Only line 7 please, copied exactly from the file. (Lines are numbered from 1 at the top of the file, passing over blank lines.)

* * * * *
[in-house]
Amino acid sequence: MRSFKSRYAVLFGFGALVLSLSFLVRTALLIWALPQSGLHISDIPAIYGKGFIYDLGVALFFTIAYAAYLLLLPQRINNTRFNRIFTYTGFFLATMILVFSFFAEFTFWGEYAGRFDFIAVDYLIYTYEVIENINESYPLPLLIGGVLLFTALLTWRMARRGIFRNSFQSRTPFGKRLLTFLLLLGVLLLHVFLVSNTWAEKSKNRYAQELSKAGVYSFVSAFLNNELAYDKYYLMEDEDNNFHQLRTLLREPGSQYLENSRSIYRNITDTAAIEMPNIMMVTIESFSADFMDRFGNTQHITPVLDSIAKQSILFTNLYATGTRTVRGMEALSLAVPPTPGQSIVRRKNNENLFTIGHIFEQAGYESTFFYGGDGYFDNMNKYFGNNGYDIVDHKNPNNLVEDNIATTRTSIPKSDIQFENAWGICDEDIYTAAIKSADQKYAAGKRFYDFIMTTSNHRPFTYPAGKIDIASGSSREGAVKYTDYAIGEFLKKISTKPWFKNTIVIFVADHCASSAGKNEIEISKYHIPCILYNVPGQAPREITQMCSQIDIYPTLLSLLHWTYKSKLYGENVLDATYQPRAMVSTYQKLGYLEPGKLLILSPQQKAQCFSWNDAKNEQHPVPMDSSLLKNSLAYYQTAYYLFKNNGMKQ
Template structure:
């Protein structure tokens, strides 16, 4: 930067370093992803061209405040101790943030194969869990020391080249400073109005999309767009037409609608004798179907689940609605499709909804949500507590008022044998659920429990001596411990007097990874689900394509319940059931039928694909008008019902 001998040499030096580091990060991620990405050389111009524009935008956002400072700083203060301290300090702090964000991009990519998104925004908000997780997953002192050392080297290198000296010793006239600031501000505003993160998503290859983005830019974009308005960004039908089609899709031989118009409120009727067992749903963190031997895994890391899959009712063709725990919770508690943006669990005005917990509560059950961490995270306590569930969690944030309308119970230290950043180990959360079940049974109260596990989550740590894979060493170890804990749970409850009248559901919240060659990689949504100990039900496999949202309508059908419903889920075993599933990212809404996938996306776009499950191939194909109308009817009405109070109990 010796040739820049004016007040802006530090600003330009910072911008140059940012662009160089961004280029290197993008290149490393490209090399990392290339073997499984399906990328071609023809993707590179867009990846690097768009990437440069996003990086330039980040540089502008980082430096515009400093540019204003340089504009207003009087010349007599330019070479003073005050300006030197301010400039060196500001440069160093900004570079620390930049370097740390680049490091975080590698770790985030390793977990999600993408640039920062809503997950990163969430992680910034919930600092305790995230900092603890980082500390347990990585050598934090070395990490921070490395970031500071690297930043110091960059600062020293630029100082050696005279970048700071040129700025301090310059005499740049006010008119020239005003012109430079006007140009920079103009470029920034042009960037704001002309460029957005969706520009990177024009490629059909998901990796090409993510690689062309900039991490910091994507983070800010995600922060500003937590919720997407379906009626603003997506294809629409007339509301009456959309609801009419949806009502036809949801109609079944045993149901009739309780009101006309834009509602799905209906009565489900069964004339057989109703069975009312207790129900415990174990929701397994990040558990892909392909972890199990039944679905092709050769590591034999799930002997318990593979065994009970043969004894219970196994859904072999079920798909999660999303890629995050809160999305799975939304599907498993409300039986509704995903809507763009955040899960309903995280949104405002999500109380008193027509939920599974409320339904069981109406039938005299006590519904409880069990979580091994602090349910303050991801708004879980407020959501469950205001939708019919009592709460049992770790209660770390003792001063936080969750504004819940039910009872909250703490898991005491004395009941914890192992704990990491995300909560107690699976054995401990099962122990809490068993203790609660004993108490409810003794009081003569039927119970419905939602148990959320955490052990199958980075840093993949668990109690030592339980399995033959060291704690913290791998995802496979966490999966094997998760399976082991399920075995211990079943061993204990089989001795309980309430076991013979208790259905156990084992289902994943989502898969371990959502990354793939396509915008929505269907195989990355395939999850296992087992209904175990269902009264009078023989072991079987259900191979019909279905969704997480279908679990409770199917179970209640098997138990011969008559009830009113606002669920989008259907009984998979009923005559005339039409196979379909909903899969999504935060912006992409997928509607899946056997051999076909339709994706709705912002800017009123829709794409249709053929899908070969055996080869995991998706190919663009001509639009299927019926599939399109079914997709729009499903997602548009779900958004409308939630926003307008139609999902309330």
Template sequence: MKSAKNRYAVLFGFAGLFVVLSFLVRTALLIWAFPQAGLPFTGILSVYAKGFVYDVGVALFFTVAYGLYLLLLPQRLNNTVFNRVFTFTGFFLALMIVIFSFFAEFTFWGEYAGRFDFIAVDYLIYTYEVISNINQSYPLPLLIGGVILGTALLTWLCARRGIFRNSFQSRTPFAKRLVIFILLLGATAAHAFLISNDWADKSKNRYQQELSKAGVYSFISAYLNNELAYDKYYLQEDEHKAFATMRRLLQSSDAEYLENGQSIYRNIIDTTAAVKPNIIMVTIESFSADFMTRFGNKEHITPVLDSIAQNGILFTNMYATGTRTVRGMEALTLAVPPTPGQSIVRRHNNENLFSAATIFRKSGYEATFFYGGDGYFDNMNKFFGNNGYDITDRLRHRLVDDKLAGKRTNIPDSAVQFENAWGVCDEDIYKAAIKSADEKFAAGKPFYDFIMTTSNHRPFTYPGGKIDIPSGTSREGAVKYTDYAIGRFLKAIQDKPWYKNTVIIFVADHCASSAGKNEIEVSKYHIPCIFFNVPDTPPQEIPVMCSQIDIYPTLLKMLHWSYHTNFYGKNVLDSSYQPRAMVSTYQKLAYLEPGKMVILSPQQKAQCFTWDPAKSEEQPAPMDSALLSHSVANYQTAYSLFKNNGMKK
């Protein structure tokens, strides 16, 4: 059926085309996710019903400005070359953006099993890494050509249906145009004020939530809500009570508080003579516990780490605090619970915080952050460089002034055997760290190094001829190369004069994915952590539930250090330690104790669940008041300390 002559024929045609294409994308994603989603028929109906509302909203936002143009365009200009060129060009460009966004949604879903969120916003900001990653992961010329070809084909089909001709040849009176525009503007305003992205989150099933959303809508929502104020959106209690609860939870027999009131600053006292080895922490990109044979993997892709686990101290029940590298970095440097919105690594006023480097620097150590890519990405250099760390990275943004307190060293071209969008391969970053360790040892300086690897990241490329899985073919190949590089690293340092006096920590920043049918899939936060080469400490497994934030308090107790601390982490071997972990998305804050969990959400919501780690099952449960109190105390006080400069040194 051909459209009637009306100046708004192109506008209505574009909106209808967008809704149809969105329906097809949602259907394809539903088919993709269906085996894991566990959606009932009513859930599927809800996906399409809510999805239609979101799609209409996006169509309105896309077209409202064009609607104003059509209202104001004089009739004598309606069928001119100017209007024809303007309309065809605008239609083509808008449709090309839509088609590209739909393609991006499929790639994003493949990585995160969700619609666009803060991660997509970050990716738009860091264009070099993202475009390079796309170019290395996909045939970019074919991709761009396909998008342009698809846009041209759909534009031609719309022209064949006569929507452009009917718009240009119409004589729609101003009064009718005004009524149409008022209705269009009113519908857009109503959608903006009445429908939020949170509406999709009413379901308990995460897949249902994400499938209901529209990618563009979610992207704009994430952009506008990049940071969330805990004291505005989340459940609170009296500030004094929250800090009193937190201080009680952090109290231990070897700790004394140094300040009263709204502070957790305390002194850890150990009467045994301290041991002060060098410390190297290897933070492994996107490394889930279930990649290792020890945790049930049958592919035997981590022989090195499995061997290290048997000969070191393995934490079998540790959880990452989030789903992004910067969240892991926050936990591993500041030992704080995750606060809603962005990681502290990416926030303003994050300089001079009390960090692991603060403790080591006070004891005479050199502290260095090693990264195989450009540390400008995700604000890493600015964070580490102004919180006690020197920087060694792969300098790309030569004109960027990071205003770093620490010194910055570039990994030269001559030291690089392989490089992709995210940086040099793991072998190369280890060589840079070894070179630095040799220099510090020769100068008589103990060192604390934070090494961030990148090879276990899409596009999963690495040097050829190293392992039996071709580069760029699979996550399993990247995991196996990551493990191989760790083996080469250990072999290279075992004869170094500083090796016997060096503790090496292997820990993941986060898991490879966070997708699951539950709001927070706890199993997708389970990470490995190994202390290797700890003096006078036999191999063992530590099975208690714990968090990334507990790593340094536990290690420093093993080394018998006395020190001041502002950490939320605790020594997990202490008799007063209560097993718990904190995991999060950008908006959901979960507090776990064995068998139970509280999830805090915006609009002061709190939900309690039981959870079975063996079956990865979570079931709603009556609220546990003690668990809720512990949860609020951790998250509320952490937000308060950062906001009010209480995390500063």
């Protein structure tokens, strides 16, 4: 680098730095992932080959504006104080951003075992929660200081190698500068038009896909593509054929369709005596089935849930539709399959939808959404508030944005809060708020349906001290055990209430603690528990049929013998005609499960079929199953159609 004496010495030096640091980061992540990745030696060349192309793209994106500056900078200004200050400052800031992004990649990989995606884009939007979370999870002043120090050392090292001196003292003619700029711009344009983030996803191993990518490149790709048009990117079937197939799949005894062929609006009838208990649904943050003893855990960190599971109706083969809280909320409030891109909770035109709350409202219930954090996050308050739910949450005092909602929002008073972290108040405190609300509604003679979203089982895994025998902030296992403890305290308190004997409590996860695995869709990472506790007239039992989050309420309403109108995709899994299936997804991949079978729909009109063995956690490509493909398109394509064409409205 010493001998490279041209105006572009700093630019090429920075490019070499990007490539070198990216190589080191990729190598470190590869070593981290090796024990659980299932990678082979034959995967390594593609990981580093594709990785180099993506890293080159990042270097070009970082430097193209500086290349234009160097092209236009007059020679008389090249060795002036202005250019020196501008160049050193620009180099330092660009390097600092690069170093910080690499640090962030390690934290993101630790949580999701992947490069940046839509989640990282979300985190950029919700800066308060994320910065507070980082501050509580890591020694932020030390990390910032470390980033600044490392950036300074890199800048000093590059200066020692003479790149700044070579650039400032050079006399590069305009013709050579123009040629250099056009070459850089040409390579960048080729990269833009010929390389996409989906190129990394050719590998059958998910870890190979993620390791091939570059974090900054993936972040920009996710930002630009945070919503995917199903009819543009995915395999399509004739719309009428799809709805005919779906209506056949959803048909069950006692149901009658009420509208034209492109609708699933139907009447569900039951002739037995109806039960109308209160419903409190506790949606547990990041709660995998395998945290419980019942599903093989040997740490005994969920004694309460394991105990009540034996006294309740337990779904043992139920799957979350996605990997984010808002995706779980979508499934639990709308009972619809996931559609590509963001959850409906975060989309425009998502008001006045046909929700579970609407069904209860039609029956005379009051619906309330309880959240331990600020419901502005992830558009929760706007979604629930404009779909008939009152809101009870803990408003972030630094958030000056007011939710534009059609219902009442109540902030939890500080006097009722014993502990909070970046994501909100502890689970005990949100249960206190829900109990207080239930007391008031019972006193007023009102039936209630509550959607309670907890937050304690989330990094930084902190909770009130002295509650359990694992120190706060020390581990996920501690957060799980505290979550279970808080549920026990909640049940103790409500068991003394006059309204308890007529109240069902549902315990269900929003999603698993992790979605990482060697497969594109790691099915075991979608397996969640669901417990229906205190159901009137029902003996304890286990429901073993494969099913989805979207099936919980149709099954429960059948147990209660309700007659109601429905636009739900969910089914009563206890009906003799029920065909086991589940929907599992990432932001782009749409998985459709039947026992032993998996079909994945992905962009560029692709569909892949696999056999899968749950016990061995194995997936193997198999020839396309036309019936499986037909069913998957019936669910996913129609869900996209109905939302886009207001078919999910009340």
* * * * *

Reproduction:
């Protein structure tokens, strides 16, 4: 680098730095992932080959504006104080951003075992929660200081190698500068038009896909593509054929369709005596089935849930539709399959939808959404508030944005809060708020349906001290055990209430603690528990049929013998005609499960079929199953159609 004496010495030096640091980061992540990745030696060349192309793209994106500056900078200004200050400052800031992004990649990989995606884009939007979370999870002043120090050392090292001196003292003619700029711009344009983030996803191993990518490149790709048009990117079937197939799949005894062929609006009838208990649904943050003893855990960190599971109706083969809280909320409030891109909770035109709350409202219930954090996050308050739910949450005092909602929002008073972290108040405190609300509604003679979203089982895994025998902030296992403890305290308190004997409590996860695995869709990472506790007239039992989050309420309403109108995709899994299936997804991949079978729909009109063995956690490509493909398109394509064409409205 010493001998490279041209105006572009700093630019090429920075490019070499990007490539070198990216190589080191990729190598470190590869070593981290090796024990659980299932990678082979034959995967390594593609990981580093594709990785180099993506890293080159990042270097070009970082430097193209500086290349234009160097092209236009007059020679008389090249060795002036202005250019020196501008160049050193620009180099330092660009390097600092690069170093910080690499640090962030390690934290993101630790949580999701992947490069940046839509989640990282979300985190950029919700800066308060994320910065507070980082501050509580890591020694932020030390990390910032470390980033600044490392950036300074890199800048000093590059200066020692003479790149700044070579650039400032050079006399590069305009013709050579123009040629250099056009070459850089040409390579960048080729990269833009010929390389996409989906190129990394050719590998059958998910870890190979993620390791091939570059974090900054993936972040920009996710930002630009945070919503995917199903009819543009995915395999399509004739719309009428799809709805005919779906209506056949959803048909069950006692149901009658009420509208034209492109609708699933139907009447569900039951002739037995109806039960109308209160419903409190506790949606547990990041709660995998395998945290419980019942599903093989040997740490005994969920004694309460394991105990009540034996006294309740337990779904043992139920799957979350996605990997984010808002995706779980979508499934639990709308009972619809996931559609590509963001959850409906975060989309425009998502008001006045046909929700579970609407069904209860039609029956005379009051619906309330309880959240331990600020419901502005992830558009929760706007979604629930404009779909008939009152809101009870803990408003972030630094958030000056007011939710534009059609219902009442109540902030939890500080006097009722014993502990909070970046994501909100502890689970005990949100249960206190829900109990207080239930007391008031019972006193007023009102039936209630509550959607309670907890937050304690989330990094930084902190909770009130002295509650359990694992120190706060020390581990996920501690957060799980505290979550279970808080549920026990909640049940103790409500068991003394006059309204308890007529109240069902549902315990269900929003999603698993992790979605990482060697497969594109790691099915075991979608397996969640669901417990229906205190159901009137029902003996304890286990429901073993494969099913989805979207099936919980149709099954429960059948147990209660309700007659109601429905636009739900969910089914009563206890009906003799029920065909086991589940929907599992990432932001782009749409998985459709039947026992032993998996079909994945992905962009560029692709569909892949696999056999899968749950016990061995194995997936193997198999020839396309036309019936499986037909069913998957019936669910996913129609869900996209109905939302886009207001078919999910009340």